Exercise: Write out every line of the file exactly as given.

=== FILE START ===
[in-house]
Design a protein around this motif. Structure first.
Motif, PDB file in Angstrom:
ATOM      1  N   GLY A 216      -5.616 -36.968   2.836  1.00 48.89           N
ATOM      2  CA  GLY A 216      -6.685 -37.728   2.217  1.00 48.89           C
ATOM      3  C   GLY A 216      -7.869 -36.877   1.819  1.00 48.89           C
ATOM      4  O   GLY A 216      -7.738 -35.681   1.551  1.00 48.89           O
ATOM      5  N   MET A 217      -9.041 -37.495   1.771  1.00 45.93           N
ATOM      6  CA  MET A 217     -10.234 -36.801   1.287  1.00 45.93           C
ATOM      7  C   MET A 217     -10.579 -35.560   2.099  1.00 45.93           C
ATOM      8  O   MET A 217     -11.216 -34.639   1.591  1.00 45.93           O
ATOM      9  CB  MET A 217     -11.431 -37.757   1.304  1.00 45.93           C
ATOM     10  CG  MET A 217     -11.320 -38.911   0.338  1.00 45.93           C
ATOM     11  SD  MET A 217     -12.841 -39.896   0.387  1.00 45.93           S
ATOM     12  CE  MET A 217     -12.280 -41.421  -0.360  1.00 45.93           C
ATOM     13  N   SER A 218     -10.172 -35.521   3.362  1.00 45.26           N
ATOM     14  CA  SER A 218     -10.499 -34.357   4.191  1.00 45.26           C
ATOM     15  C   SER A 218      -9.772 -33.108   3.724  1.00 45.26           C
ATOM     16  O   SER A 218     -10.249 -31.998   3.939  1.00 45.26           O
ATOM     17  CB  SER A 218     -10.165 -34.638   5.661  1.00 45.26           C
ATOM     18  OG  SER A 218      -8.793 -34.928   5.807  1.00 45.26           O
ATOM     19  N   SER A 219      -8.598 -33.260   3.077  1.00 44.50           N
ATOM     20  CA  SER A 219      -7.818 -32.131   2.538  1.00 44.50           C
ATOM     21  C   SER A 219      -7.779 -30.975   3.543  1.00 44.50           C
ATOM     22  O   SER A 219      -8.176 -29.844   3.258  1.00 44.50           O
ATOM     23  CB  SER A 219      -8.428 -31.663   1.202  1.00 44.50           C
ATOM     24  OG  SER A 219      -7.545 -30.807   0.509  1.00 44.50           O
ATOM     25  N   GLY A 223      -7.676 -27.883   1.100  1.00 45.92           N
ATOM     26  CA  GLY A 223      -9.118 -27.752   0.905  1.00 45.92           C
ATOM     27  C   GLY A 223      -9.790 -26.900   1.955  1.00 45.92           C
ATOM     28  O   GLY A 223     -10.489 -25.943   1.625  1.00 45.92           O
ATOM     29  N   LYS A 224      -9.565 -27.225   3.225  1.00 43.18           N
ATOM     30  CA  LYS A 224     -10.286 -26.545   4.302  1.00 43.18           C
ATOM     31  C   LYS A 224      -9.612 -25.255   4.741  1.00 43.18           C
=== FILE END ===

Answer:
[in-house]
Design a protein around this motif. Structure first.
Motif, PDB file in Angstrom:
ATOM      1  N   GLY A 216      -5.616 -36.968   2.836  1.00 48.89           N
ATOM      2  CA  GLY A 216      -6.685 -37.728   2.217  1.00 48.89           C
ATOM      3  C   GLY A 216      -7.869 -36.877   1.819  1.00 48.89           C
ATOM      4  O   GLY A 216      -7.738 -35.681   1.551  1.00 48.89           O
ATOM      5  N   MET A 217      -9.041 -37.495   1.771  1.00 45.93           N
ATOM      6  CA  MET A 217     -10.234 -36.801   1.287  1.00 45.93           C
ATOM      7  C   MET A 217     -10.579 -35.560   2.099  1.00 45.93           C
ATOM      8  O   MET A 217     -11.216 -34.639   1.591  1.00 45.93           O
ATOM      9  CB  MET A 217     -11.431 -37.757   1.304  1.00 45.93           C
ATOM     10  CG  MET A 217     -11.320 -38.911   0.338  1.00 45.93           C
ATOM     11  SD  MET A 217     -12.841 -39.896   0.387  1.00 45.93           S
ATOM     12  CE  MET A 217     -12.280 -41.421  -0.360  1.00 45.93           C
ATOM     13  N   SER A 218     -10.172 -35.521   3.362  1.00 45.26           N
ATOM     14  CA  SER A 218     -10.499 -34.357   4.191  1.00 45.26           C
ATOM     15  C   SER A 218      -9.772 -33.108   3.724  1.00 45.26           C
ATOM     16  O   SER A 218     -10.249 -31.998   3.939  1.00 45.26           O
ATOM     17  CB  SER A 218     -10.165 -34.638   5.661  1.00 45.26           C
ATOM     18  OG  SER A 218      -8.793 -34.928   5.807  1.00 45.26           O
ATOM     19  N   SER A 219      -8.598 -33.260   3.077  1.00 44.50           N
ATOM     20  CA  SER A 219      -7.818 -32.131   2.538  1.00 44.50           C
ATOM     21  C   SER A 219      -7.779 -30.975   3.543  1.00 44.50           C
ATOM     22  O   SER A 219      -8.176 -29.844   3.258  1.00 44.50           O
ATOM     23  CB  SER A 219      -8.428 -31.663   1.202  1.00 44.50           C
ATOM     24  OG  SER A 219      -7.545 -30.807   0.509  1.00 44.50           O
ATOM     25  N   GLY A 223      -7.676 -27.883   1.100  1.00 45.92           N
ATOM     26  CA  GLY A 223      -9.118 -27.752   0.905  1.00 45.92           C
ATOM     27  C   GLY A 223      -9.790 -26.900   1.955  1.00 45.92           C
ATOM     28  O   GLY A 223     -10.489 -25.943   1.625  1.00 45.92           O
ATOM     29  N   LYS A 224      -9.565 -27.225   3.225  1.00 43.18           N
ATOM     30  CA  LYS A 224     -10.286 -26.545   4.302  1.00 43.18           C
ATOM     31  C   LYS A 224      -9.612 -25.255   4.741  1.00 43.18           C